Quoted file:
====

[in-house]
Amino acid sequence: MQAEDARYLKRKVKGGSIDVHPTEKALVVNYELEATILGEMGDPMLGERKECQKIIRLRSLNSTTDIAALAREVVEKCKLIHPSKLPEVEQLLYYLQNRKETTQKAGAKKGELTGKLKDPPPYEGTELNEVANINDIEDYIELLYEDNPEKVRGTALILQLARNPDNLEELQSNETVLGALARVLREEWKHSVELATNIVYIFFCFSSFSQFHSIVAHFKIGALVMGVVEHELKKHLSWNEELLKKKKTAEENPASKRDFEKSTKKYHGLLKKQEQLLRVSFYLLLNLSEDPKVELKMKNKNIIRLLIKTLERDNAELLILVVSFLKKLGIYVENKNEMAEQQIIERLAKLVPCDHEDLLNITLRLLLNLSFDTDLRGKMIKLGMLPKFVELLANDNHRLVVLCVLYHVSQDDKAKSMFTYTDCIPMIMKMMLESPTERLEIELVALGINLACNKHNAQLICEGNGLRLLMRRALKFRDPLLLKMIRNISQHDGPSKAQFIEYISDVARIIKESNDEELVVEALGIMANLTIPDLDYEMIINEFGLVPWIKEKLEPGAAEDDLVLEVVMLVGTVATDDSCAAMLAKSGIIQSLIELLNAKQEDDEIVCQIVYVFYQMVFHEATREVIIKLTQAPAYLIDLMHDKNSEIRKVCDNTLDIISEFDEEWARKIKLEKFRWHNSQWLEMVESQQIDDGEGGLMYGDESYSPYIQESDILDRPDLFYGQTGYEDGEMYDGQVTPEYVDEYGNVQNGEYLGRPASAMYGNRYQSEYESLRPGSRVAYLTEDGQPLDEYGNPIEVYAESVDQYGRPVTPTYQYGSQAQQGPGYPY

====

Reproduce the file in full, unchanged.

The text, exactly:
[in-house]
Amino acid sequence: MQAEDARYLKRKVKGGSIDVHPTEKALVVNYELEATILGEMGDPMLGERKECQKIIRLRSLNSTTDIAALAREVVEKCKLIHPSKLPEVEQLLYYLQNRKETTQKAGAKKGELTGKLKDPPPYEGTELNEVANINDIEDYIELLYEDNPEKVRGTALILQLARNPDNLEELQSNETVLGALARVLREEWKHSVELATNIVYIFFCFSSFSQFHSIVAHFKIGALVMGVVEHELKKHLSWNEELLKKKKTAEENPASKRDFEKSTKKYHGLLKKQEQLLRVSFYLLLNLSEDPKVELKMKNKNIIRLLIKTLERDNAELLILVVSFLKKLGIYVENKNEMAEQQIIERLAKLVPCDHEDLLNITLRLLLNLSFDTDLRGKMIKLGMLPKFVELLANDNHRLVVLCVLYHVSQDDKAKSMFTYTDCIPMIMKMMLESPTERLEIELVALGINLACNKHNAQLICEGNGLRLLMRRALKFRDPLLLKMIRNISQHDGPSKAQFIEYISDVARIIKESNDEELVVEALGIMANLTIPDLDYEMIINEFGLVPWIKEKLEPGAAEDDLVLEVVMLVGTVATDDSCAAMLAKSGIIQSLIELLNAKQEDDEIVCQIVYVFYQMVFHEATREVIIKLTQAPAYLIDLMHDKNSEIRKVCDNTLDIISEFDEEWARKIKLEKFRWHNSQWLEMVESQQIDDGEGGLMYGDESYSPYIQESDILDRPDLFYGQTGYEDGEMYDGQVTPEYVDEYGNVQNGEYLGRPASAMYGNRYQSEYESLRPGSRVAYLTEDGQPLDEYGNPIEVYAESVDQYGRPVTPTYQYGSQAQQGPGYPY